BANGALORE, Nov 5 (Reuters) - Brokerages warned of further incremental write-downs and losses related to Citigroup Inc's (C.N) collateralized debt obligations (CDO) exposure, but expect Chief Executive Charles Prince's departure to lift the stock in the near future.
The world's biggest bank said on Monday that it revised lower its third-quarter earnings per share to reflect the correction on the valuation of its $43 billion CDO exposure. Shares of the company fell almost 6 percent to a new year-low of $35.6.
Goldman Sachs, Banc of America and UBS cut their price target on the stock, after Citi said on Sunday it may suffer an additional $11 billion write-down for subprime losses and an embattled Prince stepped down.
Citi's stock has plunged almost 38 percent from the start of the year, as the company roils in a credit crunch triggered by banks worldwide taking charges on holdings in mortgage-backed securities which have been hit by a meltdown in loans extended to borrowers with patchy credit histories.
Punk Ziegel analyst Richard Bove predicted that the $11 billion write-down might result in Citi posting a loss of 26 cents a share in the fourth quarter.
Bove, who had upgraded Citigroup to "market perform" from "sell" on Saturday, said the second major write-down and reserve addition is likely to calm fears of unknown events causing disarray with the firm's capital.
Bove does not expect Citi to be split up, though he said that such speculation may arise.
Bear Stearns' David Hilder said, "We believe Citi's board still has no desire to preside over a break-up, but it is an option that a new CEO would certainly want to examine."
UBS analyst Glenn Schorr said even if Citi is to land a high-caliber CEO from the outside, there are "no easy fixes for the very large and complex organisation."
Severely low capital ratios will be the main area of focus for Citi and, as its price heads towards the low 30s, pressure will be felt across all financial stocks, CIBC World Markets analyst Meredith Whitney said.
"The math on this announcement just doesn't add up in our opinion," Whitney added.
She downgraded Citi last week to "sector underperformer" from "sector performer," prompting a broad stock market sell-off. She had said the company will need to raise more than $30 billion in capital over the near term through either asset sales, a dividend cut, a capital raise, or a combination of these.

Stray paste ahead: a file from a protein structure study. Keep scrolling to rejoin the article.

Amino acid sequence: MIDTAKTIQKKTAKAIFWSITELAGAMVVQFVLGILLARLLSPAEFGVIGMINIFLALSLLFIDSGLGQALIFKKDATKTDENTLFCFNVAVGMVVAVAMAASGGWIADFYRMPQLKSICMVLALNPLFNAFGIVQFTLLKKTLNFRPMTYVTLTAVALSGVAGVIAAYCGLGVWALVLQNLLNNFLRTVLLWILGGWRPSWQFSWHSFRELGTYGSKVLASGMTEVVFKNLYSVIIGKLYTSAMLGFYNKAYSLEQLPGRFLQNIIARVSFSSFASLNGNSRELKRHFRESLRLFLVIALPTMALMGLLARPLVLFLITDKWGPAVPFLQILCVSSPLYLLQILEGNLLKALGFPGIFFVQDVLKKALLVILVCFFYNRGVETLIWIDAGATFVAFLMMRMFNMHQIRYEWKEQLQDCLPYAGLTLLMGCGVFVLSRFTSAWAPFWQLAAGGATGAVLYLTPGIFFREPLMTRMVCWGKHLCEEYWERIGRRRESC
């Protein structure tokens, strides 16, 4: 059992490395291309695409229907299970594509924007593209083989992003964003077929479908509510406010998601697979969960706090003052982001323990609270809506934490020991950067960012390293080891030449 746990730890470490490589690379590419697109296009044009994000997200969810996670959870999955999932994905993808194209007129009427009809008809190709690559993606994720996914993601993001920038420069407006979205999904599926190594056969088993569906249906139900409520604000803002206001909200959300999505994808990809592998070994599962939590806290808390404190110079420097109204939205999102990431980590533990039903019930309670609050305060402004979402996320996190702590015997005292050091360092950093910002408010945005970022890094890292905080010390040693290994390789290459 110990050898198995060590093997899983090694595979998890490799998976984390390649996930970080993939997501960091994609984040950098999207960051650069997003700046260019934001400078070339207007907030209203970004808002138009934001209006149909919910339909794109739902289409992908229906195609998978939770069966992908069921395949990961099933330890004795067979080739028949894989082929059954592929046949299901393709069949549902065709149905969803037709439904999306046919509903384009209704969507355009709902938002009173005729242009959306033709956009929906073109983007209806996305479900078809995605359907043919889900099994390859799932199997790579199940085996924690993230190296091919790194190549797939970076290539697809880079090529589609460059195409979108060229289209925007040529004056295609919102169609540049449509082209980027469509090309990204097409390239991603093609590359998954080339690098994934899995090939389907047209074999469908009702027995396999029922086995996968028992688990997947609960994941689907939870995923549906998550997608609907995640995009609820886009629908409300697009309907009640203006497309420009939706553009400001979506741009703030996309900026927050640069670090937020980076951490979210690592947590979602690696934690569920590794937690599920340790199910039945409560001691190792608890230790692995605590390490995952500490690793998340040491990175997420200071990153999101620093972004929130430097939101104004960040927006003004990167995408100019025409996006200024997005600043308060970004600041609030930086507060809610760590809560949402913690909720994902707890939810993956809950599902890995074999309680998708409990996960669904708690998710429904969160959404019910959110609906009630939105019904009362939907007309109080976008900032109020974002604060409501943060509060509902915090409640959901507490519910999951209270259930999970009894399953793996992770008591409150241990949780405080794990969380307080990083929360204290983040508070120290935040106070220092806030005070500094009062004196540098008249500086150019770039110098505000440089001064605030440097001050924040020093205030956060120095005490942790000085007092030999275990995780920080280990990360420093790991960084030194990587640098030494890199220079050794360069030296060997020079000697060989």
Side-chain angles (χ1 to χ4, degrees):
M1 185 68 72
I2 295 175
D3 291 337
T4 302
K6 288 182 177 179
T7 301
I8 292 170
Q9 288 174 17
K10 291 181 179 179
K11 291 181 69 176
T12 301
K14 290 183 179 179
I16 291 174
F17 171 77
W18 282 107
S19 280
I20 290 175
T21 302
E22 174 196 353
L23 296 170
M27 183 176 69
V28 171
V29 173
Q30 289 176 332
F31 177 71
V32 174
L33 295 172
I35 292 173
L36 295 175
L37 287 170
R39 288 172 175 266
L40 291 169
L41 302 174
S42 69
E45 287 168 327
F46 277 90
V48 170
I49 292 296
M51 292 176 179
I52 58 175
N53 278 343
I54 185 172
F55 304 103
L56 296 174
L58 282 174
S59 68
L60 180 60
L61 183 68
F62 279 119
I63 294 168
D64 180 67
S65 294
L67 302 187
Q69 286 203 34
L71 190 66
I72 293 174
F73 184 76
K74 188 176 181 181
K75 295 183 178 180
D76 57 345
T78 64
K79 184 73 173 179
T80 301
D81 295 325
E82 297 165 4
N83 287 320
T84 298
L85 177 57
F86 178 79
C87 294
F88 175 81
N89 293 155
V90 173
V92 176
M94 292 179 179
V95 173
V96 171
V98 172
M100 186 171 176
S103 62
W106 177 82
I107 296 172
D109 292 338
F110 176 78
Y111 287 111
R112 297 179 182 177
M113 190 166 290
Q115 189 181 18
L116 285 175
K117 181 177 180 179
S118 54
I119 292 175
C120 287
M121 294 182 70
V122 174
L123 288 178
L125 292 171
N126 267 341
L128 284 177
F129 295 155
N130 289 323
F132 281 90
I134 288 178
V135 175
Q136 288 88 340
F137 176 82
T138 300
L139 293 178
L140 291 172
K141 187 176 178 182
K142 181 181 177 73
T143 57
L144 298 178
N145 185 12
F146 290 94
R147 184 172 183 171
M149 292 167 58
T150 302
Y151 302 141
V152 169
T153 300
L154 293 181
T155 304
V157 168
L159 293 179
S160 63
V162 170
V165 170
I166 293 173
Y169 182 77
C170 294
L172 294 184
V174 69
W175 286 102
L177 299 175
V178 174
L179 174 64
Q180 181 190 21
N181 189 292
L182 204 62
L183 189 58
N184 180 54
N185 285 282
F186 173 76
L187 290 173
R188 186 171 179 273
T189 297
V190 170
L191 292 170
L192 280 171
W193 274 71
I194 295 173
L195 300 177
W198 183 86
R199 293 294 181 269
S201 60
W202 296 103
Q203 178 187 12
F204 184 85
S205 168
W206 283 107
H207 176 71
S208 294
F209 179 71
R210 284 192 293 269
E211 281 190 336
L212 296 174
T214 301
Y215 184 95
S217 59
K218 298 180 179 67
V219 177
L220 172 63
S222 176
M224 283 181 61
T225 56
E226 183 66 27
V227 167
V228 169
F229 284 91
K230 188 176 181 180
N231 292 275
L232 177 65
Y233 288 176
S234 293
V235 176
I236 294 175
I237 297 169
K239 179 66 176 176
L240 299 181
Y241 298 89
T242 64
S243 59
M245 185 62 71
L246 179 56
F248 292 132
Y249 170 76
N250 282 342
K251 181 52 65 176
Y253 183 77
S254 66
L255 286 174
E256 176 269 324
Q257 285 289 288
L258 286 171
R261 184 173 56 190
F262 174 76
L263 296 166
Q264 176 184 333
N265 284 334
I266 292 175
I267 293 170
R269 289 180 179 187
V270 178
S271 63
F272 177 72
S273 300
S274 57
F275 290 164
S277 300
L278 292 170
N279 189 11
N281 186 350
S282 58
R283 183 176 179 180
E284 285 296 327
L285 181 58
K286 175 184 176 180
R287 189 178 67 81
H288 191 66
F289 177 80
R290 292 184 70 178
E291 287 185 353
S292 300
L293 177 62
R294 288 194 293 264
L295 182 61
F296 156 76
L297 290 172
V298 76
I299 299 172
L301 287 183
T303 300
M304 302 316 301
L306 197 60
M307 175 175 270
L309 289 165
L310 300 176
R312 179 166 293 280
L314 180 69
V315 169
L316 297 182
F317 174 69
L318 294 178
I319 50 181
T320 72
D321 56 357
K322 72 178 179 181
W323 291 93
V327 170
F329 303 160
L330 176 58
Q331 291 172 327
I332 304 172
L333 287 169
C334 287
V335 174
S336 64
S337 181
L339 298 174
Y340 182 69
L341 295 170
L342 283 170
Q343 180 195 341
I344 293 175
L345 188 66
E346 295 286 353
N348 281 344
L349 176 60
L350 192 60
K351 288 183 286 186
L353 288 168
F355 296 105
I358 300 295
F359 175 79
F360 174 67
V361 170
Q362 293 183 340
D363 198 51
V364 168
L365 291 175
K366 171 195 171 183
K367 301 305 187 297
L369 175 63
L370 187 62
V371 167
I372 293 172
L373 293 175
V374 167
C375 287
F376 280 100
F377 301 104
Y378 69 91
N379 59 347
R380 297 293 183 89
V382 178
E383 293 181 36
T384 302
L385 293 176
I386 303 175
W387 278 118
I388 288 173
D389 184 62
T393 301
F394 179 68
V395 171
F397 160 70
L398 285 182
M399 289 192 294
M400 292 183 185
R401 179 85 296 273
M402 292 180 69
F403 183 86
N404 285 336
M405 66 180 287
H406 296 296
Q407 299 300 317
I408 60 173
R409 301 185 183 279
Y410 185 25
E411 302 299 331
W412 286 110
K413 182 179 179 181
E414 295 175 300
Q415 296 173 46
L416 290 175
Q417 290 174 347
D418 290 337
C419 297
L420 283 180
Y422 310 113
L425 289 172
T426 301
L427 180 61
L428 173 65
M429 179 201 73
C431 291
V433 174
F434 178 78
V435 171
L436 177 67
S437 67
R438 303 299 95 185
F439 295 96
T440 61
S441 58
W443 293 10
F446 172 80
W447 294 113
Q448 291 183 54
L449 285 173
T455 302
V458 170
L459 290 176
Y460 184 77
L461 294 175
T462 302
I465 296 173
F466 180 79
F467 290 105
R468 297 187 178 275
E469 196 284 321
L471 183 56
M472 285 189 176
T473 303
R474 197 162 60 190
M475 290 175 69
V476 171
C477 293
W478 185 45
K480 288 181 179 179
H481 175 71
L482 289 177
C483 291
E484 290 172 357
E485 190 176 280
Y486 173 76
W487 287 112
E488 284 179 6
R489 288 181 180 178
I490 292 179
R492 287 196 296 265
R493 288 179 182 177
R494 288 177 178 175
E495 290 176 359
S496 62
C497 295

Citi, however, on Sunday laid investor fears of a dividend cut to rest when it reaffirmed its commitment to pay the current dividend. The company forecast that by the end of the second quarter of 2008, its capital ratios will be in line with desired targeted levels.
Analysts have been expecting that with a $2.7 billion quarterly dividend to pay, equal to 54 cents a share, Citi might have to consider asset sales or limiting trading activity, reducing potential for profitability.
Prince's departure was not a surprise, but the size of the write-downs and the speed of deterioration of bank's exposure to U.S. housing losses has alarmed investors as they remain jittery that more bad news will emerge across the sector.
The S&P electronic traded fund for financials (XLF.A) fell as much as 3 percent as mounting write-downs for credit losses at Citi rattled investors.
European banks also sank on Monday, battered by fears over their exposure to big losses after Citi's announcement, with the DJ Stoxx European banking sector index .SX7P, which includes UBS UBSN.VX, Credit Suisse CSGN.VX and Deutsche Bank (DBKGn.DE), trading down almost 2 percent at 441.76 points.
The following table has the price target cuts on Citigroup:
Goldman Sachs $51 $48 Neutral
Banc of America $50 $45 Buy
UBS $47 $40 Neutral ((Editing by Pratish Narayanan; Reuters Messaging:email@example.com; within U.S. +1 646 223 8780; outside U.S. +91 80 4135 5800))